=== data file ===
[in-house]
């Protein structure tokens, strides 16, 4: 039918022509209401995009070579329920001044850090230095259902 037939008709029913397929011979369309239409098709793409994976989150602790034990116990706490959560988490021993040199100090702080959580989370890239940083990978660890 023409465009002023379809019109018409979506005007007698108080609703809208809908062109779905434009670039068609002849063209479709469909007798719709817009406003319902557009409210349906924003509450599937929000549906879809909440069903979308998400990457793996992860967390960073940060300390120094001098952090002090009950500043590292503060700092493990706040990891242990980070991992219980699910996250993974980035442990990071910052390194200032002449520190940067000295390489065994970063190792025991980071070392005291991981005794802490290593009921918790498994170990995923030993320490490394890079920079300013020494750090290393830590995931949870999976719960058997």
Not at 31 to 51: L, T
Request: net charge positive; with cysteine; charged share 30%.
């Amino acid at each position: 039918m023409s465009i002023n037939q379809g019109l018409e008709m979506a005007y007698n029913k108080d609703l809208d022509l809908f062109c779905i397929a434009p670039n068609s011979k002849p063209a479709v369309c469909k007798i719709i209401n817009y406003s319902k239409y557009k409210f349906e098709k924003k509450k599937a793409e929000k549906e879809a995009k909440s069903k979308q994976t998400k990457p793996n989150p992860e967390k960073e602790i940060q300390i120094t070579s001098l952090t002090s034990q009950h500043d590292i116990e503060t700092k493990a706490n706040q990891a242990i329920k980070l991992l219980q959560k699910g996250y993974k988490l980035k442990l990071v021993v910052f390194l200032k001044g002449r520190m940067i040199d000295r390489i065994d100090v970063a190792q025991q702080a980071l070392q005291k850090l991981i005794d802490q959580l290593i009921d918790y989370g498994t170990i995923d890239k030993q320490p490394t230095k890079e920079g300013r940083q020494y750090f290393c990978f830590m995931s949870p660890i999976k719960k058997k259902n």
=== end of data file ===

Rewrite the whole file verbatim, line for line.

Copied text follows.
[in-house]
């Protein structure tokens, strides 16, 4: 039918022509209401995009070579329920001044850090230095259902 037939008709029913397929011979369309239409098709793409994976989150602790034990116990706490959560988490021993040199100090702080959580989370890239940083990978660890 023409465009002023379809019109018409979506005007007698108080609703809208809908062109779905434009670039068609002849063209479709469909007798719709817009406003319902557009409210349906924003509450599937929000549906879809909440069903979308998400990457793996992860967390960073940060300390120094001098952090002090009950500043590292503060700092493990706040990891242990980070991992219980699910996250993974980035442990990071910052390194200032002449520190940067000295390489065994970063190792025991980071070392005291991981005794802490290593009921918790498994170990995923030993320490490394890079920079300013020494750090290393830590995931949870999976719960058997």
Not at 31 to 51: L, T
Request: net charge positive; with cysteine; charged share 30%.
């Amino acid at each position: 039918m023409s465009i002023n037939q379809g019109l018409e008709m979506a005007y007698n029913k108080d609703l809208d022509l809908f062109c779905i397929a434009p670039n068609s011979k002849p063209a479709v369309c469909k007798i719709i209401n817009y406003s319902k239409y557009k409210f349906e098709k924003k509450k599937a793409e929000k549906e879809a995009k909440s069903k979308q994976t998400k990457p793996n989150p992860e967390k960073e602790i940060q300390i120094t070579s001098l952090t002090s034990q009950h500043d590292i116990e503060t700092k493990a706490n706040q990891a242990i329920k980070l991992l219980q959560k699910g996250y993974k988490l980035k442990l990071v021993v910052f390194l200032k001044g002449r520190m940067i040199d000295r390489i065994d100090v970063a190792q025991q702080a980071l070392q005291k850090l991981i005794d802490q959580l290593i009921d918790y989370g498994t170990i995923d890239k030993q320490p490394t230095k890079e920079g300013r940083q020494y750090f290393c990978f830590m995931s949870p660890i999976k719960k058997k259902n």